The Broke and the Bookish. This week we're taking a look at the top ten books we've read in the past year. Here are mine:
1. Diamond Willow by Helen Frost. This is probably one of the best books I've read in the past few years. You can read my review here, but all I'll say is that this book was just so good on so many levels. It's a verse novel, but the formatting is incredible. And I had the good fortune to meet Helen Frost this summer, which was amazing.
2. Mockingbird by Kathryn Erskine. Another one that really was incredible. It's a children's book, probably around middle-school level, but it goes so far beyond most children's books I've read. My review is here.
3. Dairy Queen, The Off-Season and Front and Center by Catherine Gilbert Murdock. I'm putting this trilogy down as one, despite the very different natures of all three books. I loved D.J. Schwenk and her family, and I loved the way she told her story. Plus I listened to this on audio, and Natalie Moore was perfect to narrate.
4. One Crazy Summer by Rita Williams-Garcia. I loved this book. I loved that it focused on the Black Panthers, and that the narrator was this no-nonsense girl who had to deal with a reluctant mother. I loved the summer setting. Pretty much everything. My review is here.
5. Paper Towns by John Green. Okay, so this might be cheating since this was a reread. But really, this book. Is. Just. Awesome. My review can be found here.
6. When You Reach Me by Rebecca Stead. This one won the Newbery Award a couple of years ago, and it was very deserving of the honor. I love Madeleine L'Engle's A Wrinkle in Time, and this book references it a lot. This is another children's book that transcends age. Again, here's my review.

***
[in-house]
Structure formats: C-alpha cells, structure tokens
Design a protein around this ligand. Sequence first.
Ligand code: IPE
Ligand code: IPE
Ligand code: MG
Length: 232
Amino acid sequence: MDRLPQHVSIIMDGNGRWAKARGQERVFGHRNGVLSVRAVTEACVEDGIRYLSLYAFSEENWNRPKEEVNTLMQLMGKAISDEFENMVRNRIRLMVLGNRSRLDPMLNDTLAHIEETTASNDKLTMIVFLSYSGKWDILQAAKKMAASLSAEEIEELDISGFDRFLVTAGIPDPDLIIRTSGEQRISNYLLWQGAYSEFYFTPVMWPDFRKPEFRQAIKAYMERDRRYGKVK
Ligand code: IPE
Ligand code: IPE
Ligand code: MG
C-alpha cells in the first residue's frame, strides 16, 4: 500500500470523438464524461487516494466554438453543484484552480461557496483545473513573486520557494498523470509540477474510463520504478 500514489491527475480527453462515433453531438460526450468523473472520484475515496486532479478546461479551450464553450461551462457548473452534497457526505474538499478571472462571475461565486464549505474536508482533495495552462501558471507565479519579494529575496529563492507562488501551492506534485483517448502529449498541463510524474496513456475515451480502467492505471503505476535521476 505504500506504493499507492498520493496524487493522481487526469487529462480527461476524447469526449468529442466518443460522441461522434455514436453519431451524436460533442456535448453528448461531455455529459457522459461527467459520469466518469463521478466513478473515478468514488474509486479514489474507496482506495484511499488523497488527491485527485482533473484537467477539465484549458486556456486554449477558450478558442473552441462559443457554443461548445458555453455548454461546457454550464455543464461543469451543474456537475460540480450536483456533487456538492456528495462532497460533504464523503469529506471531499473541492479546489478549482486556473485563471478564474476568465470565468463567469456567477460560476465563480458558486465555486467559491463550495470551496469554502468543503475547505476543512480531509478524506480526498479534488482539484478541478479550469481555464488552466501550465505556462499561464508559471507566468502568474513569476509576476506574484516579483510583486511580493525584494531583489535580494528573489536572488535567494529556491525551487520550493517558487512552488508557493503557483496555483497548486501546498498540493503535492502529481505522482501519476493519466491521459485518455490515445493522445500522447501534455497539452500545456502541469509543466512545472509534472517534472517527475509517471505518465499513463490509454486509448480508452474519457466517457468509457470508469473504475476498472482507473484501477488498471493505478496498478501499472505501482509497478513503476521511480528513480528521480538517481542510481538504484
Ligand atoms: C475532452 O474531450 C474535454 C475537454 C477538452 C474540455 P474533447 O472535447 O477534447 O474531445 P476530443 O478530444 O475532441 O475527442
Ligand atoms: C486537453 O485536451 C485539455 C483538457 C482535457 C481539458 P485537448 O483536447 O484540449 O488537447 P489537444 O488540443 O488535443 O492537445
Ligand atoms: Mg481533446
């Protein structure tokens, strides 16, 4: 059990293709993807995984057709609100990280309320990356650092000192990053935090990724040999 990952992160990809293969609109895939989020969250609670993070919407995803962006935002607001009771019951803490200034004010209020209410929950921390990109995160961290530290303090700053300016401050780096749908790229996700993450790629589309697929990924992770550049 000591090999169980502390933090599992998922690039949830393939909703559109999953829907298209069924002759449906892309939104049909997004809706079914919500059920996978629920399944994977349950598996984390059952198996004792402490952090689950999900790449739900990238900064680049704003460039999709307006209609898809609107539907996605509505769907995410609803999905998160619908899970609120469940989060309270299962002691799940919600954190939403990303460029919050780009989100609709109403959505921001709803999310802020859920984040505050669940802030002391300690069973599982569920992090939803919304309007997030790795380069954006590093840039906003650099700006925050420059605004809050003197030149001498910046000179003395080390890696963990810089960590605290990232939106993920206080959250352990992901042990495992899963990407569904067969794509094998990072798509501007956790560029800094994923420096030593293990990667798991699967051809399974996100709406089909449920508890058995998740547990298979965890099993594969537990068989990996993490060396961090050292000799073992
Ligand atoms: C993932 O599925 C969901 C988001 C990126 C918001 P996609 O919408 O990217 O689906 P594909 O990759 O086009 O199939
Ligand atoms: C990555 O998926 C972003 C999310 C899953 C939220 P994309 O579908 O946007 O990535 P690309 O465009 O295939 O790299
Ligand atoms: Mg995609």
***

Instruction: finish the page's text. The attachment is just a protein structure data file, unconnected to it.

7. The True Meaning of Smekday by Adam Rex. A hilarious and incredibly rich story of the alien invasion of Earth. I listened to the Odyssey Award–winning audiobook, and I'm about to do so again for a middle school book club I'm helping to run at the library. Seriously, this book is fantastic. My review is here.
8. Anya's Ghost by Vera Brosgol. This graphic novel is just fantastic. The art coupled with the creepy story make this a quick but absorbing read. I started this one again immediately after finishing it. Here's my review.
9. The Immortal Life of Henrietta Lacks by Rebecca Skloot. This was one of the few nonfiction books for adults I read this year, but it was definitely a good one. I listened to the audio (it's easier for me to finish nonfiction that way). This is such an incredible story, and I recommend it to anyone interested in science, race relations, or the history of medicine. Or people who like good stories.
10. The Name of the Star by Maureen Johnson. This is one of the few books I actually raced through, and the only one I stayed up all night to finish. Johnson is a master at blending suspense and humor. Plus, it's a ghost story. So, that's awesome. My review, ladies and gentlemen.
That's it for me! Lots of great audiobooks this year. Let's hope 2012 will be just as great!